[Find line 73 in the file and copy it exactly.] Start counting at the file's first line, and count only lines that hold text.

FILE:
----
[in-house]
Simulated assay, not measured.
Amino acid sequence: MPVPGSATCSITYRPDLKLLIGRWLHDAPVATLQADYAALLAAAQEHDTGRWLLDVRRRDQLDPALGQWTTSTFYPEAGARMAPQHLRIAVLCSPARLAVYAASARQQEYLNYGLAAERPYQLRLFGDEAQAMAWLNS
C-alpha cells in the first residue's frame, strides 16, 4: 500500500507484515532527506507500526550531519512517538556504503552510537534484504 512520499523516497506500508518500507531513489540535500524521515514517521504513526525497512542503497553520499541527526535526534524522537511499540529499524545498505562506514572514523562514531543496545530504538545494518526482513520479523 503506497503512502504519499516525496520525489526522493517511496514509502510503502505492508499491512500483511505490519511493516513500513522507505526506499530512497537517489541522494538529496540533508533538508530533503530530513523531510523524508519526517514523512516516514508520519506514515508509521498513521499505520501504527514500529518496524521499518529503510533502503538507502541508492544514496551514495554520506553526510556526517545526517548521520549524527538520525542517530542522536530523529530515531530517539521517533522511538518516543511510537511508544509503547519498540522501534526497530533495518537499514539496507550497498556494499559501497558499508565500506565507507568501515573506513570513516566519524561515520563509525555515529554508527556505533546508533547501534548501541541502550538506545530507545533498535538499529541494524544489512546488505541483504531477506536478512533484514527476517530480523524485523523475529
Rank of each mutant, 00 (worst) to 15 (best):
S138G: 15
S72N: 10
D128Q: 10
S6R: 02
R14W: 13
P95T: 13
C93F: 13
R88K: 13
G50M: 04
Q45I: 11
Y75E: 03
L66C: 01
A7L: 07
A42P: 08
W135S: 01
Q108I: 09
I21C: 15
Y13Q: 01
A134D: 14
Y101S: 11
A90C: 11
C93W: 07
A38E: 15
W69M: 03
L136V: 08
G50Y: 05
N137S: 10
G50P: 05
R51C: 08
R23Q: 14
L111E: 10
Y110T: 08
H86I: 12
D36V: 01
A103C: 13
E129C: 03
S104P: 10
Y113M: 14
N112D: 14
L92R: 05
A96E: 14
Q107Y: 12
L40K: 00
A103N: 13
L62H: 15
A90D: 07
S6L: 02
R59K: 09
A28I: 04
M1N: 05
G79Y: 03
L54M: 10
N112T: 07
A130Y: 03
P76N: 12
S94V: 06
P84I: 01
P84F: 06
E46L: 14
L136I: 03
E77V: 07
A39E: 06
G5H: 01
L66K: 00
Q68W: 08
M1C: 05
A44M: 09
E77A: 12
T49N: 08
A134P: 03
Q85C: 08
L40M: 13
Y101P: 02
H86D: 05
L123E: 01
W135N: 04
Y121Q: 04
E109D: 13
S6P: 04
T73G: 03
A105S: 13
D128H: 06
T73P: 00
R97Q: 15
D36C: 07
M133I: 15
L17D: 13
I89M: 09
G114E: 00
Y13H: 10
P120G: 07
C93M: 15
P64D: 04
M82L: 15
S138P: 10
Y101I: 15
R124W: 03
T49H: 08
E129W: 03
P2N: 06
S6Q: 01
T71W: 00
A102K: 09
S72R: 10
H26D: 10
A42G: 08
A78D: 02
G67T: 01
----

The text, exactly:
E77A: 12